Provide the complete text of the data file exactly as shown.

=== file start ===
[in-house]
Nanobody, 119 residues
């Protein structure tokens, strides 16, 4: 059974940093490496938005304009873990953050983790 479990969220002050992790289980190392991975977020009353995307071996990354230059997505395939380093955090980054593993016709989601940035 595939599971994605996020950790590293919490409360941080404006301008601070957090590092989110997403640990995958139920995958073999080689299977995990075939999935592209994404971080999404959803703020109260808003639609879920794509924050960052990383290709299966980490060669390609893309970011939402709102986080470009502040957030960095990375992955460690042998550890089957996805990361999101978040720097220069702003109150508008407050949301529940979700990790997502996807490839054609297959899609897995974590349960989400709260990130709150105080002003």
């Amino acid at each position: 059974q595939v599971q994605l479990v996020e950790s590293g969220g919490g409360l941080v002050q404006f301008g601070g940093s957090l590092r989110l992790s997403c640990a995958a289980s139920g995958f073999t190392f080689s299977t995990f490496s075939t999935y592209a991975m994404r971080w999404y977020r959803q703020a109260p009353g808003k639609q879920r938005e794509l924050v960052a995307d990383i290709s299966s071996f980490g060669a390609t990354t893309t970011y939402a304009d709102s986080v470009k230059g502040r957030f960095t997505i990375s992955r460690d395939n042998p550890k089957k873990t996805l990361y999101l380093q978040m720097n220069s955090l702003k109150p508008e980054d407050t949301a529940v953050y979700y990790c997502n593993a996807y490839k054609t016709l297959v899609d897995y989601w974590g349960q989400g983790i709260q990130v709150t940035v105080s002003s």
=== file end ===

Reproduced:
[in-house]
Nanobody, 119 residues
């Protein structure tokens, strides 16, 4: 059974940093490496938005304009873990953050983790 479990969220002050992790289980190392991975977020009353995307071996990354230059997505395939380093955090980054593993016709989601940035 595939599971994605996020950790590293919490409360941080404006301008601070957090590092989110997403640990995958139920995958073999080689299977995990075939999935592209994404971080999404959803703020109260808003639609879920794509924050960052990383290709299966980490060669390609893309970011939402709102986080470009502040957030960095990375992955460690042998550890089957996805990361999101978040720097220069702003109150508008407050949301529940979700990790997502996807490839054609297959899609897995974590349960989400709260990130709150105080002003």
């Amino acid at each position: 059974q595939v599971q994605l479990v996020e950790s590293g969220g919490g409360l941080v002050q404006f301008g601070g940093s957090l590092r989110l992790s997403c640990a995958a289980s139920g995958f073999t190392f080689s299977t995990f490496s075939t999935y592209a991975m994404r971080w999404y977020r959803q703020a109260p009353g808003k639609q879920r938005e794509l924050v960052a995307d990383i290709s299966s071996f980490g060669a390609t990354t893309t970011y939402a304009d709102s986080v470009k230059g502040r957030f960095t997505i990375s992955r460690d395939n042998p550890k089957k873990t996805l990361y999101l380093q978040m720097n220069s955090l702003k109150p508008e980054d407050t949301a529940v953050y979700y990790c997502n593993a996807y490839k054609t016709l297959v899609d897995y989601w974590g349960q989400g983790i709260q990130v709150t940035v105080s002003s």